# Multiply all elements in a List in Python Last updated: Jul 9, 2022 Photo from Unsplash

## Multiply all elements in a List in Python#

Use the `math.prod()` method to multiply all elements in a list, e.g. `result = math.prod(my_list)`. The `math.prod()` method calculates the product of all the elements in the provided iterable.

main.py
```Copied!```import math
from functools import reduce

my_list = [2, 3, 5]

# ✅ multiply all elements in list using math.prod()
result = math.prod(my_list)
print(result)  # 👉️ 30

# ---------------------------------------------------

# ✅ multiply all elements in list using reduce()

result_2 = reduce(lambda x, y: x * y, my_list)
print(result_2)  # 👉️ 30
``````

Make sure to import the `math` module at the top.

We used the `math.prod` method to multiply all the elements in a list.

The math.prod method calculates the product of all the elements in the provided iterable.

main.py
```Copied!```import math

my_list = [5, 5, 5]

result = math.prod(my_list)

print(result) # 👉️ 125
``````

The method takes the following 2 arguments:

NameDescription
iterableAn iterable whose elements to calculate the product of
startThe start value for the product (defaults to `1`)

If the iterable is empty, the `start` value is returned.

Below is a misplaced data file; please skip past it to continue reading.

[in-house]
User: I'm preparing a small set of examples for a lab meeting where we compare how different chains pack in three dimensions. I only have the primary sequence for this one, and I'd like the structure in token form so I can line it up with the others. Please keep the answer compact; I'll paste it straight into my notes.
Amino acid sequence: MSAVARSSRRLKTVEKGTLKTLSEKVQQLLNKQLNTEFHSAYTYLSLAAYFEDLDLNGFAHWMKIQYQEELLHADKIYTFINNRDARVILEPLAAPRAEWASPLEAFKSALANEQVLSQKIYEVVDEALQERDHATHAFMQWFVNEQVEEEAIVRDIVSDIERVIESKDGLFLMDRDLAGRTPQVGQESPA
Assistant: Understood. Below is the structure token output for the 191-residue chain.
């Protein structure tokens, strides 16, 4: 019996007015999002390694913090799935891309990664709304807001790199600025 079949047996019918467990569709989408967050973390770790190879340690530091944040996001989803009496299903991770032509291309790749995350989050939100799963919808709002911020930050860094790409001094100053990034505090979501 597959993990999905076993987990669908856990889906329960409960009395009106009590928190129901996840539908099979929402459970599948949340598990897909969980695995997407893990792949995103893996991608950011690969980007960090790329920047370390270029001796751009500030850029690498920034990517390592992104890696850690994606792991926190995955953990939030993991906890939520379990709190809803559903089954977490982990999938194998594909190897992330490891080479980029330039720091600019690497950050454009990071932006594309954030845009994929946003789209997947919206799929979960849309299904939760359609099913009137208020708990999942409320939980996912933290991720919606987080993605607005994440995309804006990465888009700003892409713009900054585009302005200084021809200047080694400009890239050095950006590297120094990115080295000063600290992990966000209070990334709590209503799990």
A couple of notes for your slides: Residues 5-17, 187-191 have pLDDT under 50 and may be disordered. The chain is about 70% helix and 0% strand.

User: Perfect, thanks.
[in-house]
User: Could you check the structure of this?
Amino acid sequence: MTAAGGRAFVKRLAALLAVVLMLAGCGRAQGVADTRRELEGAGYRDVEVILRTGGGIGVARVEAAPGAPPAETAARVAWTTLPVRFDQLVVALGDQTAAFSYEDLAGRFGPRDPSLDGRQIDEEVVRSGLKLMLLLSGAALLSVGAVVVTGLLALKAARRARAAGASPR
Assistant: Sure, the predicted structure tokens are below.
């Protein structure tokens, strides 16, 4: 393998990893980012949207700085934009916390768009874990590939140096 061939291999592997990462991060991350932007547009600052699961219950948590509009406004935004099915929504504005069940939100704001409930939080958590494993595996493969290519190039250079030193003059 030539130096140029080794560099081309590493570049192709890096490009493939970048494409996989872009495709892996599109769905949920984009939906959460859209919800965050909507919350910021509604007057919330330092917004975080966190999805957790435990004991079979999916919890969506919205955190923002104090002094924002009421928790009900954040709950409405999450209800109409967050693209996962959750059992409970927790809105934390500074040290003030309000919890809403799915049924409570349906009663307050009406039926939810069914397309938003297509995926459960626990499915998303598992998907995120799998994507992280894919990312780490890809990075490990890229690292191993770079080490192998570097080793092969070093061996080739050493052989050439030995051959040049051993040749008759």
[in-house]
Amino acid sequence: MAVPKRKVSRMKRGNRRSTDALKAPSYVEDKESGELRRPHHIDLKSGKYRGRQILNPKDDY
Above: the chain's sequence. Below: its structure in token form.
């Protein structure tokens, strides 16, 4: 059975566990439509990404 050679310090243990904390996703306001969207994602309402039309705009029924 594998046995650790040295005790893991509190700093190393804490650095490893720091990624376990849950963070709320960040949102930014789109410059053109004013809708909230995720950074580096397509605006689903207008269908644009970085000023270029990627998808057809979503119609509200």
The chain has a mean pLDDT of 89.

Alternatively, you can use the `reduce()` function.

To multiply all of the elements in a list:

1. Pass a lambda function and the list to the `reduce()` function.
2. The lambda function should take the accumulator and the current value, and should return the multiplication of the two.
main.py
```Copied!```from functools import reduce

my_list = [2, 3, 5]

result_2 = reduce(lambda x, y: x * y, my_list)
print(result_2) # 👉️ 30
``````

The reduce function takes the following 3 parameters:

NameDescription
functionA function that takes 2 parameters - the accumulated value and a value from the iterable.
iterableEach element in the iterable will get passed as an argument to the function.
initializerAn optional initializer value that is placed before the items of the iterable in the calculation.
The lambda function gets called with the accumulated value and the value of the current iteration and multiplies them.

If we provide a value for the `initializer` argument, it is placed before the items of the iterable in the calculation.

main.py
```Copied!```from functools import reduce

my_list = [2, 3, 5]

def do_math(acc, curr):
print(acc)  # 👉️ is 10 on first iteration
return acc * curr

result_2 = reduce(do_math, my_list, 10)
print(result_2)  # 👉️ 300
``````

We passed `10` for the initializer argument, so the value of the `accumulator` will be `10` on the first iteration.

The value of the `accumulator` would get set to the first element in the iterable if we didn't pass a value for the `initializer`.

If the `iterable` is empty and the `initializer` is provided, the `initializer` is returned.

If the `initializer` is not provided and the iterable contains only `1` item, the first item is returned.

main.py
```Copied!```from functools import reduce

my_list = 

result_2 = reduce(lambda acc, curr: acc * curr, my_list)
print(result_2)  # 👉️ 2
``````
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